Monfils completes quarterfinal line-up at Paris Masters

Published by Tennismash / AP

Gael Monfils celebrates during his three-set defeat of Radu Albot at the Paris Masters, a win sending him through to the quarterfinals. (Getty Images)
After winning through to the Paris Masters quarterfinals, Gael Monfils stands just one win away from qualifying for the ATP Finals field in London.

Gael Monfils kept alive his bid for last-minute qualification at the ATP Finals with a fighting three-set win over Moldovan Radu Albot in Paris.

Monfils thrilled his home fans at the Masters event with a 4-6 6-4 6-1 victory, sending him through to the quarterfinals.

Should he beat Canada’s Denis Shapovalov to reach the semifinals, he would seal his place in the elite eight-player field in London.

Shapovalov earlier upset No.6 seed Alexander Zverev for his first win in three career meetings with the German.

In other results, in form Australian Alex de Minaur was knocked out after a 6-3 6-4 loss to Stefanos Tsitsipas, while Rafael Nadal continued his quest for a maiden Paris Masters title with a 6-4 6-4 victory over Stan Wawrinka.

It took 21-year-old Tsitsipas – who had 11 aces in the contest – just 69 minutes to defeat de Minaur in the French capital.

Tsitsipas will now face four-time champion Novak Djokovic in the quarterfinals after the Serb notched his 50th ATP win of the season — a 7-6(7) 6-1 win against Kyle Edmund.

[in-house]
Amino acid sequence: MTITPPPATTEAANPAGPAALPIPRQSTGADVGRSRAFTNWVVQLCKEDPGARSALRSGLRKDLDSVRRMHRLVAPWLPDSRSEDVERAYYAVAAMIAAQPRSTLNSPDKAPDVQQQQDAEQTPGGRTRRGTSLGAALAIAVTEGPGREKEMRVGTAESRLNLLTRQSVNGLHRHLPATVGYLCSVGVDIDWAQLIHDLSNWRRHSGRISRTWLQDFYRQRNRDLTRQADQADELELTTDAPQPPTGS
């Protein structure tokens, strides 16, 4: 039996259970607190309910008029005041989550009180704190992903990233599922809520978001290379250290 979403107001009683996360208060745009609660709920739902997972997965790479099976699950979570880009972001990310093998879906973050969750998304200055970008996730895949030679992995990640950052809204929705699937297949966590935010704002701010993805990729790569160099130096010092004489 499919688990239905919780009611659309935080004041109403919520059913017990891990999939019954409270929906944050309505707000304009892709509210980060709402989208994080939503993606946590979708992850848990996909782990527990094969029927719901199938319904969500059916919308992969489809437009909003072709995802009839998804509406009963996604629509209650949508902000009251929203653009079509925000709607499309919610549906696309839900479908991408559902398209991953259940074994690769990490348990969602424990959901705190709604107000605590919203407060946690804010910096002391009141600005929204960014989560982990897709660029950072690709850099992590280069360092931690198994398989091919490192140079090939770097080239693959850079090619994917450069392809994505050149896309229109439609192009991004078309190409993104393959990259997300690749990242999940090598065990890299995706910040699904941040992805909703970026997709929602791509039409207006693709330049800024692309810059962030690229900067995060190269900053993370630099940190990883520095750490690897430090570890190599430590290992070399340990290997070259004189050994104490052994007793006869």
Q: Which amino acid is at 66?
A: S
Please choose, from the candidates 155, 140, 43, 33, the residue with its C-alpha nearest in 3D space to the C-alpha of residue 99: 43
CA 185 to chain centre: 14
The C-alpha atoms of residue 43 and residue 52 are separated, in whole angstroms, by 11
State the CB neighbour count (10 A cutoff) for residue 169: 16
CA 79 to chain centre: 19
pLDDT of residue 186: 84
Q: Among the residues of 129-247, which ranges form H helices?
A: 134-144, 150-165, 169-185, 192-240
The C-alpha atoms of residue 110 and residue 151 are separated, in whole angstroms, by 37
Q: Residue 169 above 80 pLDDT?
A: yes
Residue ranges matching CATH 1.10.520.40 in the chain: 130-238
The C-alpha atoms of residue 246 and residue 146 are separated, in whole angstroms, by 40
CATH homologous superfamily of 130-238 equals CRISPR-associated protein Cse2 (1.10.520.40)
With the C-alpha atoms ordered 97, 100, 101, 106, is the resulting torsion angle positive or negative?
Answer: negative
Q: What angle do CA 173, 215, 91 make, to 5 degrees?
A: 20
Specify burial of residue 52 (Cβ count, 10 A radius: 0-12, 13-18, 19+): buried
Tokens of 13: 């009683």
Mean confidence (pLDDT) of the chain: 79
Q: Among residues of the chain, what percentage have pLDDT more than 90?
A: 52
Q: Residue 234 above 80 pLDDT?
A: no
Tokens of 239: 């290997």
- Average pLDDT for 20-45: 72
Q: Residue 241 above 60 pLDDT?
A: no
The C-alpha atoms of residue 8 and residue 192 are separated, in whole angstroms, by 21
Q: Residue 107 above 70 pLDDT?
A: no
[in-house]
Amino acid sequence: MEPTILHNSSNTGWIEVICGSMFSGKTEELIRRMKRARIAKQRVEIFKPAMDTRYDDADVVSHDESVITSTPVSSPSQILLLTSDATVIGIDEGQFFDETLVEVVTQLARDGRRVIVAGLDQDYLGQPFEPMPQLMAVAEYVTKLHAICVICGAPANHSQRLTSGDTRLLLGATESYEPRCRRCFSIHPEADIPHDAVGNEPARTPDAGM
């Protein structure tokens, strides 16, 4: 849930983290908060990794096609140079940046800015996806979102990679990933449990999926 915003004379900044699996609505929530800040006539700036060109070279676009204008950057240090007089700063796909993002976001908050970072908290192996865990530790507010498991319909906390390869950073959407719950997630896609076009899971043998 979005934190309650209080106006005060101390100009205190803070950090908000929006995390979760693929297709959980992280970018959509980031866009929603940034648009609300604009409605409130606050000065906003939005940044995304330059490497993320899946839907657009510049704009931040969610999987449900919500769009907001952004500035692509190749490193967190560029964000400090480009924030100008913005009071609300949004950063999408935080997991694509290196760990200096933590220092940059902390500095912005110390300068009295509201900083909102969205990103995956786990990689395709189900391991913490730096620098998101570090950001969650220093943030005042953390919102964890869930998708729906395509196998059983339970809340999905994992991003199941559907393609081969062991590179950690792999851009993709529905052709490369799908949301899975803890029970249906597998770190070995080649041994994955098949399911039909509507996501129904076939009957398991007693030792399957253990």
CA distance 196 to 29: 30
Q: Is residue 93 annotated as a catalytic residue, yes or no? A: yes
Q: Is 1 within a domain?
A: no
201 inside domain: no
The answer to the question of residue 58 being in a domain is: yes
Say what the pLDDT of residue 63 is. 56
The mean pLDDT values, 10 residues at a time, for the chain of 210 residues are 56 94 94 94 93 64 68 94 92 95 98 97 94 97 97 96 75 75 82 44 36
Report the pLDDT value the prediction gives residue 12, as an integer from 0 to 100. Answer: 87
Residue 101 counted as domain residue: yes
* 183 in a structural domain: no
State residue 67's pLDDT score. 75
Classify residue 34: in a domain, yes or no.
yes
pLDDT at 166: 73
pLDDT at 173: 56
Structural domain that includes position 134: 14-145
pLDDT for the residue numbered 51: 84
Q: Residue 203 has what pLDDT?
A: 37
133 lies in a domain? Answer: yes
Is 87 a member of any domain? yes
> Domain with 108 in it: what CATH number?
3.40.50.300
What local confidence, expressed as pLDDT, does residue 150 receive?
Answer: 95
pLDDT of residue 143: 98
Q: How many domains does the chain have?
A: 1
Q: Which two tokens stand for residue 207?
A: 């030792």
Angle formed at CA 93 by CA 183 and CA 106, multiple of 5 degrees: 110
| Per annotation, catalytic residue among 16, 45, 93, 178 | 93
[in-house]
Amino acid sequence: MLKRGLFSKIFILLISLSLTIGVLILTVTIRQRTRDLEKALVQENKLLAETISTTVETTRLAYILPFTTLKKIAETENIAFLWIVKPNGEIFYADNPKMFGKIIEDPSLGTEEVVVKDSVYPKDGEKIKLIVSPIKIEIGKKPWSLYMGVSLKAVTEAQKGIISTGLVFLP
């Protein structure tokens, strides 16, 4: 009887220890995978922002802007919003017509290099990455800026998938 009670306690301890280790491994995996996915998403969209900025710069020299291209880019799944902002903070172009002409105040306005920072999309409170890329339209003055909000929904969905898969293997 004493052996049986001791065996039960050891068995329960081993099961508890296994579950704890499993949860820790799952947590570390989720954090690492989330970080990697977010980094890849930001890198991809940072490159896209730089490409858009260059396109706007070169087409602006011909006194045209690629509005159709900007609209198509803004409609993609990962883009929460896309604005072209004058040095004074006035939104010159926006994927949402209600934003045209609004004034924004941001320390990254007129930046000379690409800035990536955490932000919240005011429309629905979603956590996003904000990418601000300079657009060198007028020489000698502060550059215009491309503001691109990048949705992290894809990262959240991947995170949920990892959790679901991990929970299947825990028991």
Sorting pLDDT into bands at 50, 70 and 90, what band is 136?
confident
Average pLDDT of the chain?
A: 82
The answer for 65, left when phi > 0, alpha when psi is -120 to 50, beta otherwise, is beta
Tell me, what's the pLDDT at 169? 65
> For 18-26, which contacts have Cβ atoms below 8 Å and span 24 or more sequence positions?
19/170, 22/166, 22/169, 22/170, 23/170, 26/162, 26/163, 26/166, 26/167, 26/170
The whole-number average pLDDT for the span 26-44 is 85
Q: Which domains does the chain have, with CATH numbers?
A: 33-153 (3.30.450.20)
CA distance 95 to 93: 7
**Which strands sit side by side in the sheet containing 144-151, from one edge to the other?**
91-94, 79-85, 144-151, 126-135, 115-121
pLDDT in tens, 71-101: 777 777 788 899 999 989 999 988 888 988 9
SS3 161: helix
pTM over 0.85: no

Tsitsipas’ victory was his 100th tour-level win in 160 matches, reaching the century of wins faster than seven of the other members of the top 10, excluding Nadal (137) and Djokovic (143).

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Djokovic, after needing seven set points to clinch the first set against Edmund, reeled off six successive games in the second, finishing it off by breaking his British opponent to love with a two-handed backhand winner into the left corner.

He turned quickly to give his box a look of steely determination and former Wimbledon champion Goran Ivanisevic — who joined his coaching team at this year’s Wimbledon — stood to applaud him.

“It was because my coach told me I don’t have a great return. So finishing off with a return winner, I kind of gave him a look. No I’m joking,” said Djokovic, who is widely considered among the game’s greatest ever returners.

The 16-time Grand Slam champion served well, too, winning 89 per cent of first serve points won and conceding no break points.

“I have not played my best yesterday, so of course I was hoping I can do as well as I did in second set. The look was about that.”

Nadal will take over as world No.1 from Djokovic on Monday, and converted two of his three break chances to claim his 19th win in 22 encounters against the Wawrinka.

The 19-time major winner will next face local favourite Jo-Wilfried Tsonga, who beat German Jan-Lennard Sruff 2-6 6-4 7-6(6) to make the most of his Paris wildcard.

The loss to Nadal ended Wawrinka’s hopes of qualifying for the season-ending ATP Finals, leaving only Frenchman Monfils and Italian Matteo Berrettini with a chance to grab the last of eight tickets for the November 10-17 showdown.

Berrettini lost his opening-round match in Paris to Tsonga.

Grigor Dimitrov also advanced by beating Dominic Thiem 6-3 6-2, and next plays Cristian Garin, an unseeded Chilean who saved three match points in a 6-7(4) 6-4 7-6(6) win against Jeremy Chardy.

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